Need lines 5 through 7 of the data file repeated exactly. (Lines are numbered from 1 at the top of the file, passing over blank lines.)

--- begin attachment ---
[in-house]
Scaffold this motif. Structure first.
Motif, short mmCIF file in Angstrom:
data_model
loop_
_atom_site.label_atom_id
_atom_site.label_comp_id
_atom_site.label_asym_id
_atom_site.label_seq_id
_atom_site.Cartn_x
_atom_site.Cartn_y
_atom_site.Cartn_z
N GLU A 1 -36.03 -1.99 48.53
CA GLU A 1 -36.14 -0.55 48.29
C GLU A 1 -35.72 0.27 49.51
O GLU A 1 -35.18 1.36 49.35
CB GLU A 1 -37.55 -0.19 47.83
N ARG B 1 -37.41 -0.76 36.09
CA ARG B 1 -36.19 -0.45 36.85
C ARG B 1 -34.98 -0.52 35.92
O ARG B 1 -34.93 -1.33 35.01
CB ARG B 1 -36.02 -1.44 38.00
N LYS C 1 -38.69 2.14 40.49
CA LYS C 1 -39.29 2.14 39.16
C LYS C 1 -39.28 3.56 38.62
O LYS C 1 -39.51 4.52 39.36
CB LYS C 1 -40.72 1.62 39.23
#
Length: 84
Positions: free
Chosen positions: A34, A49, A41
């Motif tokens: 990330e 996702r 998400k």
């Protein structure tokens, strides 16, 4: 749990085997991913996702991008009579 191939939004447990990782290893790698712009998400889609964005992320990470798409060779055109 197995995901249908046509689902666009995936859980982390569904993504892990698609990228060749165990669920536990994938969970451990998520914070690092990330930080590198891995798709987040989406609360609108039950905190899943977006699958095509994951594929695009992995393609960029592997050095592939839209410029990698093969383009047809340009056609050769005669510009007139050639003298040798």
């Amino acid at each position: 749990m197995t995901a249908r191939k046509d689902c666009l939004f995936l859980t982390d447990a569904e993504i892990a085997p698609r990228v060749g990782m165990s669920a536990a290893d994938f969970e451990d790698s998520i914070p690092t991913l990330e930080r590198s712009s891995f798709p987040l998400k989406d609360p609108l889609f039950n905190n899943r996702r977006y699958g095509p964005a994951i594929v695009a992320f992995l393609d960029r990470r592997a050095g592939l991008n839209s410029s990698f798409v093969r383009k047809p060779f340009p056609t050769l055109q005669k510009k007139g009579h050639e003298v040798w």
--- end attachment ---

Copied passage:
loop_
_atom_site.label_atom_id
_atom_site.label_comp_id